Hanif Mohammad, who passed away in Karachi on Thursday (August 11), was the original Little Master, and Asia’s first legendary batsman. Wisden India puts some of his achievements in context.
Hanif opened the innings for Pakistan in their inaugural Test against India at the Feroz Shah Kotla in New Delhi in October 1952. On the first day of the game, at 17 years and 300 days old, he was then the youngest Test cricketer. Jeffrey Stollmeyer had held the record till then, having debuted for West Indies against England when 18 years and 105 days old in June 1939.
Hanif, who became Pakistan’s first half-centurion in that game, remained the country’s youngest Test cricketer till Khalid Hasan made his debut against England at the age of 16 years and 352 days in July 1954.
Club of Winners
Pakistan recorded their maiden Test win on their first tour when they beat India by an innings and 43 runs in the second game on a matting pitch at the University Ground in Lucknow. Hanif made 34, and had an opening-wicket stand of 63 with Nazar Mohammad, who became the first Pakistani batsman to score a century (124 not out). With Hanif’s passing, Waqar Hassan and Imtiaz Ahmed, who batted at No. 3 and No. 4 respectively, are now the only two surviving members from that team.
First centurion at home
Hanif was the first Pakistani batsman to score a Test century at home, and the second overall after Nazar. India were bowled out for 235 on the second day at Dring Stadium in Bahawalpur in January 1955, but Hanif showed that it was not a difficult pitch to bat on. His 142 included 17 fours and a six, and he was involved in two major partnerships. He was the ninth wicket to fall at the score of 307 and Pakistan declared soon after that. Wisden Cricketer’s Almanack said the innings was a “fine display” of batsmanship.
Pakistan’s first double-century stand
Hanif (160) and Saeed Ahmed (121) put on 246 for the second wicket against India at the Brabourne Stadium in Mumbai in December 1960. It was Pakistan’s first double-century stand in Test cricket. Saeed was Hanif’s favourite partner, the two combining for 1603 runs in 28 innings. Hanif did not have a 1000-run association with any other batsman.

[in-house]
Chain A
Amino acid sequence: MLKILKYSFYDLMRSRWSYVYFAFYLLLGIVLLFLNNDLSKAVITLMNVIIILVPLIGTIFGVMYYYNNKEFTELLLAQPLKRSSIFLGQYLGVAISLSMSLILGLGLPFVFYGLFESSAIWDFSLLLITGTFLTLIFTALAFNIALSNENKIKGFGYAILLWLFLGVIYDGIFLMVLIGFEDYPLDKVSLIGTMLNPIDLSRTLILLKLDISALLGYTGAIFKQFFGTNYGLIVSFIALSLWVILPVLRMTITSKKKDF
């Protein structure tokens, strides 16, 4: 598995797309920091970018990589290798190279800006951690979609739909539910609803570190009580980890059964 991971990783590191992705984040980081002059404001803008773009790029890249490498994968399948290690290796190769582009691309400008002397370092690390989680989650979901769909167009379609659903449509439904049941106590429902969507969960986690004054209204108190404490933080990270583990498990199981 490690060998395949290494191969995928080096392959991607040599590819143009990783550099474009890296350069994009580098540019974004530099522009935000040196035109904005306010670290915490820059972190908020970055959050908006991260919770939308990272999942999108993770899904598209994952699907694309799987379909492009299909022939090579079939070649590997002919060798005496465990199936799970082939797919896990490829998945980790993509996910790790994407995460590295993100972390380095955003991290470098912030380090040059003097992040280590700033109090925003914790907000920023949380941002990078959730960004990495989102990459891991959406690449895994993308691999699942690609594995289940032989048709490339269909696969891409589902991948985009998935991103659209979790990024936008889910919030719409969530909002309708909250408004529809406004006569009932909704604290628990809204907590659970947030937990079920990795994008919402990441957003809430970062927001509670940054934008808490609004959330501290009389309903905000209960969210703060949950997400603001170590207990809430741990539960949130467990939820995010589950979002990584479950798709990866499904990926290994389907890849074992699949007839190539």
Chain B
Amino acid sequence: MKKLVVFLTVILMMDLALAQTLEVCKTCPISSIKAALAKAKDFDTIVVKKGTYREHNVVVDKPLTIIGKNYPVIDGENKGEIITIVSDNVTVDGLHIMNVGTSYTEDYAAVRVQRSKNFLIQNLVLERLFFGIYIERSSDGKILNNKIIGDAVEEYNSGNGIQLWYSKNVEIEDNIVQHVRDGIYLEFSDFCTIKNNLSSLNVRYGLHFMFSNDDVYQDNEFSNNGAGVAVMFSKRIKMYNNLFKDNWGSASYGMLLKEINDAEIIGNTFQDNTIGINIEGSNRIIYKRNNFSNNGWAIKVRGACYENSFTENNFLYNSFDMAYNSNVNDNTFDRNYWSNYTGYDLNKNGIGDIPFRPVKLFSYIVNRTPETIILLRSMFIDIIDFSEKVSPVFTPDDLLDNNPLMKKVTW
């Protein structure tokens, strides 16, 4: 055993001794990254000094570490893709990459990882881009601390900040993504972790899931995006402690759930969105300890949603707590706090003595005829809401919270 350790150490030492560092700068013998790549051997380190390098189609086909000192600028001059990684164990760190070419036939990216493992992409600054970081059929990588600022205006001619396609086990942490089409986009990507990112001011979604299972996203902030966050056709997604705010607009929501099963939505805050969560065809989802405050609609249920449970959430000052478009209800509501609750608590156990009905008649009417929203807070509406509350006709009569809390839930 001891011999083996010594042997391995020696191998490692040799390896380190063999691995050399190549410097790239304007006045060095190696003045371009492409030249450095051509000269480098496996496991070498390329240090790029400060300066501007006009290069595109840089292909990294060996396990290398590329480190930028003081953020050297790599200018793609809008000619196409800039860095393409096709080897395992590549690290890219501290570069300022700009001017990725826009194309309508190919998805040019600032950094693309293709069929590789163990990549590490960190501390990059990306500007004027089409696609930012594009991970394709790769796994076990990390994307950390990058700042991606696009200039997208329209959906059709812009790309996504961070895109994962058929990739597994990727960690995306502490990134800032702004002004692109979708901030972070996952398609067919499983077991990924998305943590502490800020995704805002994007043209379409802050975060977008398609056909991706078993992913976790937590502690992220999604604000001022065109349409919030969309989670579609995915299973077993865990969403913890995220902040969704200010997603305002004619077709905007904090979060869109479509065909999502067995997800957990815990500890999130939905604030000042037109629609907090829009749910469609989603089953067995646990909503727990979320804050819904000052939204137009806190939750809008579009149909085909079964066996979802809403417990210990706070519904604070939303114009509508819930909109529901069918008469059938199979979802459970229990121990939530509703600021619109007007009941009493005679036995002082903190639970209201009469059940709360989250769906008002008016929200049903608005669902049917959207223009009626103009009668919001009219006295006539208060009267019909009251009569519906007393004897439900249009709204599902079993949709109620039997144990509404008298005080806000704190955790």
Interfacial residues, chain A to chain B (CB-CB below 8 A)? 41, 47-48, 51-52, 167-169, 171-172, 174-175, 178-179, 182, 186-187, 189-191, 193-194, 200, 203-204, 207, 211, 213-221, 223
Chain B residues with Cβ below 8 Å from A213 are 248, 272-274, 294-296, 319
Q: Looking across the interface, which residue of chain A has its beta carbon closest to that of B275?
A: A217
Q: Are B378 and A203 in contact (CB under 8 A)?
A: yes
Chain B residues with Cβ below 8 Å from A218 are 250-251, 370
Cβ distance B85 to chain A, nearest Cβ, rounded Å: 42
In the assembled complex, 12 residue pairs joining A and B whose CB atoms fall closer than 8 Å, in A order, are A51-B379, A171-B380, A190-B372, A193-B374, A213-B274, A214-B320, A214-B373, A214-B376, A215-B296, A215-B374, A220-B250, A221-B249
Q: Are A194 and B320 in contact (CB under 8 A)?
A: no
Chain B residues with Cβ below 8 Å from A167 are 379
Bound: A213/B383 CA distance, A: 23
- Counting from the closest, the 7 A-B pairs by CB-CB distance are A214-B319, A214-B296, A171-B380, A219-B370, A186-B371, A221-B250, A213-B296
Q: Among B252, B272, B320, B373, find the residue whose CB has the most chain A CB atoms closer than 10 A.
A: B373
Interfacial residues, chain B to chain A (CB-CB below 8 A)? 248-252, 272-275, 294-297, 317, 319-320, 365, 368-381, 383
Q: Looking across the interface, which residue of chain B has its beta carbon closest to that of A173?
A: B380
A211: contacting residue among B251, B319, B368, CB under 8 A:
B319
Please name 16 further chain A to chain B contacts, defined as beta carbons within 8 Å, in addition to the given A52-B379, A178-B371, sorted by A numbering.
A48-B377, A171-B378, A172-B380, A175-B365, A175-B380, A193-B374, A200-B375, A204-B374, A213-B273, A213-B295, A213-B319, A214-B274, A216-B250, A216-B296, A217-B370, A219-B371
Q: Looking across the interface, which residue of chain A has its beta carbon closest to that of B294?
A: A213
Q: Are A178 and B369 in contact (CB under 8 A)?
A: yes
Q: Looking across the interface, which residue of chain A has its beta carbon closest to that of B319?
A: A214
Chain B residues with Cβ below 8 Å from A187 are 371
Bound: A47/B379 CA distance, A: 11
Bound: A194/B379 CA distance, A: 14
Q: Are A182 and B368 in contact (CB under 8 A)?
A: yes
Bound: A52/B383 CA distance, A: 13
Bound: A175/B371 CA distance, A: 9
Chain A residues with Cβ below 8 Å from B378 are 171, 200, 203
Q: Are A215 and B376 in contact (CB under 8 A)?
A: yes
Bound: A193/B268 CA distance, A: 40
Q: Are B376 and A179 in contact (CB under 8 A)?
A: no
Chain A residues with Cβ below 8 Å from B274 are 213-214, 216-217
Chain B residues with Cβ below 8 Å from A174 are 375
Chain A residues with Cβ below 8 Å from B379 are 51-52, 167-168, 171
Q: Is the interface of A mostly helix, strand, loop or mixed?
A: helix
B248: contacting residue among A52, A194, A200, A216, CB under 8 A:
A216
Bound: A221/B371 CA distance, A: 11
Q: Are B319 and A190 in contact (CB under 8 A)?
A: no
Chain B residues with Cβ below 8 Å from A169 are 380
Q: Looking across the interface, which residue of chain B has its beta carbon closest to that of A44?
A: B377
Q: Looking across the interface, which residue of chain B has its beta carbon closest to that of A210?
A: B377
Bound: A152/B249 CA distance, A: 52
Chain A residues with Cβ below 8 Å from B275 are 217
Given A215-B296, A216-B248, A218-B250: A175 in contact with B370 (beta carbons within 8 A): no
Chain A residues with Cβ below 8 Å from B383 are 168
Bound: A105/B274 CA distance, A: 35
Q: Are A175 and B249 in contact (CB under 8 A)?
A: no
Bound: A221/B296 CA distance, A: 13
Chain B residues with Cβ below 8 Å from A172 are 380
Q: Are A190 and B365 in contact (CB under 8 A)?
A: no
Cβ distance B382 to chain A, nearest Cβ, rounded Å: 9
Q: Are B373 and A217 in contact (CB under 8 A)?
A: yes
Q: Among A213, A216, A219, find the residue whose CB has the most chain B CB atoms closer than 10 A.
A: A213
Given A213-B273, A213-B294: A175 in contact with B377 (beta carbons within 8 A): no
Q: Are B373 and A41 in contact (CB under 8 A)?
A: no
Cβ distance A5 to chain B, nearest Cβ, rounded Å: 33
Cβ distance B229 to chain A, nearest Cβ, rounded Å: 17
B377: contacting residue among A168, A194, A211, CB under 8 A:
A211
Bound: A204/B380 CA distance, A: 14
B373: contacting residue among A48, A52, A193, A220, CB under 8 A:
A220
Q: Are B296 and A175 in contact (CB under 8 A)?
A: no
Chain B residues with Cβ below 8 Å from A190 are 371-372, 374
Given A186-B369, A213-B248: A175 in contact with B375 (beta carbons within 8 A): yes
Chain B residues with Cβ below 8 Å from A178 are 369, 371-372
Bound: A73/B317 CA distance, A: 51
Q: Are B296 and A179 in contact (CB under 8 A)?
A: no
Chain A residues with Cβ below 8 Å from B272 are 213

The Holy Grail
In his 19th Test, Hanif broke all barriers when he batted for 970 minutes to make 337 and help Pakistan save the Barbados Test against West Indies after being asked to follow-on. Hanif, whose short physical stature earned him the tag ‘Little Master’, fell 28 runs short of surpassing Len Hutton’s then highest individual score of 364, but the significance of the monumental effort was not lost on anyone. Describing the knock, Wisden Cricketers’ Almanack said it was built on the back of “unflagging concentration”. Hanif, who was 23 years and 27 days on January 17, 1958 – the day he completed the 300 – remains the fourth youngest to score a triple-century, behind only Garry Sobers, Don Bradman and Hutton.
Hanif, who is one of only three Pakistanis to score a triple-century, holds the record for the longest innings in Test cricket for batting for 16 hours and 10 minutes during that effort. Legendary for the tough circumstances and the strong bowling attack against which he made those runs, Wisden ranked it as one of the three greatest Test rearguards of all time in 2002.
That was the first time a batsman hit a triple century in the second innings, before Brendon McCullum repeated the feat for New Zealand against India in February 2014.
He also held the record for the longest innings in first-class cricket before Rajiv Nayyar made 271 in 16 hours and 55 minutes for Himachal Pradesh against Jammu and Kashmir in a Ranji Trophy game in November 1999.